The US Commodities Futures Trading Commission, or CFTC, on Thursday awarded an anonymous whistleblower who had come forward with information leading to an enforcement action with a record bounty. The tipster is getting $30 million, which beats the CFTC’s previous high-water mark for an award made to a single whistleblower which was set by a $10 million payoff in March 2016.
This is also the fifth award that the CFTC has made to a whistleblower since it began making awards four years ago.
Committed to protecting the anonymity of informants, few details are available regarding the nature of the underlying facts or enforcement action or the identity of the whistleblower. However, previous reports suggested that the record bonus went to a banker who helped the US regulators to open enforcement actions against J.P. Morgan.
Filling the Gap Between Brokers, LPs, and ClientsGo to article >>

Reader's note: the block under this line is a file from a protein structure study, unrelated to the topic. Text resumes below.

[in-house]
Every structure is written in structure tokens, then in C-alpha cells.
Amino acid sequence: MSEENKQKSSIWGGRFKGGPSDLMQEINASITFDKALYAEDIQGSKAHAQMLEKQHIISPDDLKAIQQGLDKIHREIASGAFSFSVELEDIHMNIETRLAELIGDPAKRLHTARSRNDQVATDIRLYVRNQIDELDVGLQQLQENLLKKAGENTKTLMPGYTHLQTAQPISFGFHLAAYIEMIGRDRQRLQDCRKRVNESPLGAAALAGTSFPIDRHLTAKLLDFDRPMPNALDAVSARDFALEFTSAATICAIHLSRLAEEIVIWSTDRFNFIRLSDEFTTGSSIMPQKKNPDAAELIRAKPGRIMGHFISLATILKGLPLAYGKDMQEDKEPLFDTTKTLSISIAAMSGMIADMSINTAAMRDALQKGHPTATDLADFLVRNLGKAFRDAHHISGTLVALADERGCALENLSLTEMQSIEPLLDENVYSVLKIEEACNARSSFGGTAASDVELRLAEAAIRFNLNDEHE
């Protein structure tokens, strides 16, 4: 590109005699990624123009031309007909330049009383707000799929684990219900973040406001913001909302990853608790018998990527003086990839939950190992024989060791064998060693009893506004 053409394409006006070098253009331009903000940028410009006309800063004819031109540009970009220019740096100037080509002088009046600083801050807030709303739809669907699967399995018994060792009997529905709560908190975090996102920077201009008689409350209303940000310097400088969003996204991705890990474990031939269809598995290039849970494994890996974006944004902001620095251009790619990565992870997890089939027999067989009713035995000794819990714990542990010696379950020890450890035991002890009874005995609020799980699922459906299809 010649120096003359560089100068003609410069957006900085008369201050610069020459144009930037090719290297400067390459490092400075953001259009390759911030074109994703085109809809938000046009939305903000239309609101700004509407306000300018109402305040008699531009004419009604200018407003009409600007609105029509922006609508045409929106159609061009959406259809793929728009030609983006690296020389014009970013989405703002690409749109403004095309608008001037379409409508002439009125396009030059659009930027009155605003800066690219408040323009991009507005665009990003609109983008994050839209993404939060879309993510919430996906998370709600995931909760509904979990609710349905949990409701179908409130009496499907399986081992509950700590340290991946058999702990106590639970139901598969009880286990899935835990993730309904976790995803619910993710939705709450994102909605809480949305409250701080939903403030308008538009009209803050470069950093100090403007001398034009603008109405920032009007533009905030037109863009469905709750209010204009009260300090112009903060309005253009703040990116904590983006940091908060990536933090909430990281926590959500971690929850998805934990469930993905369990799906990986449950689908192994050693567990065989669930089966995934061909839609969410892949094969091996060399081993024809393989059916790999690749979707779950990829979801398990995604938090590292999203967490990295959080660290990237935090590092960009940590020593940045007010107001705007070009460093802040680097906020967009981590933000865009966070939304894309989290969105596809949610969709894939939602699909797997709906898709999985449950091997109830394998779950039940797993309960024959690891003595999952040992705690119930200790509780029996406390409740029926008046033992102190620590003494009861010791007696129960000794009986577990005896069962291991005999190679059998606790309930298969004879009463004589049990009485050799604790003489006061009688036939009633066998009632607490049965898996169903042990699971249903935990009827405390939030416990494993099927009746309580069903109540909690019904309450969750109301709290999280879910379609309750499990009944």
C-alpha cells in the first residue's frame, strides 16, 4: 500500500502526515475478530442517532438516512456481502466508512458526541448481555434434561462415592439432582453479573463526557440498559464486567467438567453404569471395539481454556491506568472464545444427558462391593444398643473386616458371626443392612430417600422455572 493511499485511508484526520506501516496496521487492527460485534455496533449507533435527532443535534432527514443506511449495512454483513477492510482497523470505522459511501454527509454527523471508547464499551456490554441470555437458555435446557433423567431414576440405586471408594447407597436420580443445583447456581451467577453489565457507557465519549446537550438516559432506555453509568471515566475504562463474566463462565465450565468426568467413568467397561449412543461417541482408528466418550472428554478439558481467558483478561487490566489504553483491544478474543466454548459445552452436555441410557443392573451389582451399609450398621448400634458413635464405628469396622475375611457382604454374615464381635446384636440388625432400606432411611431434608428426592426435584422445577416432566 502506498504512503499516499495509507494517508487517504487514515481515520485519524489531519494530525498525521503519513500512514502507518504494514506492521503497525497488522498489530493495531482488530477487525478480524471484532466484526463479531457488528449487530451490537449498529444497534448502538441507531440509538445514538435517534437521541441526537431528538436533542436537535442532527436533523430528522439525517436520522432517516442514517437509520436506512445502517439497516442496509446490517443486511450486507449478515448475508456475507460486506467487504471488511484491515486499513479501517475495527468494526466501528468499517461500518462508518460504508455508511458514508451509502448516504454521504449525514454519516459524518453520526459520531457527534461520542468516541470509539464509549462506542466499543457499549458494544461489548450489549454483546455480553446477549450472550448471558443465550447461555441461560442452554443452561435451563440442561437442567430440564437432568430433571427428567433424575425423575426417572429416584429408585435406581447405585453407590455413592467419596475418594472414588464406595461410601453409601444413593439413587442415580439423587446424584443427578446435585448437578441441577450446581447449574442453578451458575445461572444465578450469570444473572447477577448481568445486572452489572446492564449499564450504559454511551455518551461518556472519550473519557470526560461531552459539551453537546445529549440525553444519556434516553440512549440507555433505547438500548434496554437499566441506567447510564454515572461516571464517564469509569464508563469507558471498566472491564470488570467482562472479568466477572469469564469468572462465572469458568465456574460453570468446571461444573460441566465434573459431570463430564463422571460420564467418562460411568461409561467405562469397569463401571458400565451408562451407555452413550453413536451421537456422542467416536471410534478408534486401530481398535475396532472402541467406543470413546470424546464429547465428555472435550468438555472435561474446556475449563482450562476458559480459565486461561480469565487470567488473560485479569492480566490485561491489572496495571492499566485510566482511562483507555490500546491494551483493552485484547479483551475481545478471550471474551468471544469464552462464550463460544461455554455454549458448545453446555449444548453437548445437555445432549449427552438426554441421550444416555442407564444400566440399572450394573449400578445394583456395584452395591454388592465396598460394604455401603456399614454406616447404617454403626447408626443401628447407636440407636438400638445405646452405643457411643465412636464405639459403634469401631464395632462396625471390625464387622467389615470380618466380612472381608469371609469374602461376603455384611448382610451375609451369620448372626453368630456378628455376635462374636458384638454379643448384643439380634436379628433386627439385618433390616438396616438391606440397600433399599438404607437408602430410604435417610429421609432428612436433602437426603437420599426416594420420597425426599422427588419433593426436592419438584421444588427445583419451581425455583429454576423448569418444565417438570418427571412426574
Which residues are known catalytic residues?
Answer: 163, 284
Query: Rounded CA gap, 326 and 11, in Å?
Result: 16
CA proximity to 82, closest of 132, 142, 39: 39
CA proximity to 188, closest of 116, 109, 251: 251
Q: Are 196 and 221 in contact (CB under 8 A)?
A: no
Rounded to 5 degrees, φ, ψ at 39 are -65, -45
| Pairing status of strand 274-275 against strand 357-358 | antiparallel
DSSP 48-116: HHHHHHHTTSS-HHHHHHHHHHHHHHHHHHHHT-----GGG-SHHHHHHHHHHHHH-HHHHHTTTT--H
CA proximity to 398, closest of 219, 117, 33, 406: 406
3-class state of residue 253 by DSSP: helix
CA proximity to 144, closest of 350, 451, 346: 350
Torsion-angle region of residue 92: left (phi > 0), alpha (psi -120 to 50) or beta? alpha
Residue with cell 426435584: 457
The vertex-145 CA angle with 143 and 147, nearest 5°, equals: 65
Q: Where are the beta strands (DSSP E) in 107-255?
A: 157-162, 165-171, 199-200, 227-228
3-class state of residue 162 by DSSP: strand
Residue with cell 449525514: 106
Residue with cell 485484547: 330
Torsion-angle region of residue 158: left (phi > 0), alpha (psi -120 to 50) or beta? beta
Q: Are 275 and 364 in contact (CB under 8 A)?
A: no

JPMorgan Chase was fined a record $367 million in 2015 for failing to disclose conflicts of interests to clients when it recommended proprietary investment products over third-party options. That included $100 million that went to the CFTC in parallel order, of which the regulator paid out for tips received in the case.
The head of the CFTC’s whistleblower program stated: “The award today is a demonstration of the program’s commitment to reward those who provide quality information to the CFTC. The number of leads the office receives continues to grow each year by the hundreds. We hope that this award will continue to facilitate the upward momentum and success of the CFTC’s Whistleblower Program by attracting those with knowledge of wrongdoing to come forward.”
Whistleblowing has become a staple of multiple US regulatory regimes, namely those of the US Commodity Futures Trading Commission (CFTC) and the SEC. Both entities have deployed a system of programs and rewards in a bid to help support and streamline investigations.
Whistleblowers who voluntarily provide information to the commission leading to a successful enforcement action of $1 million or more are entitled to between 10 and 30 percent of the money that the SEC recovers from those sanctions.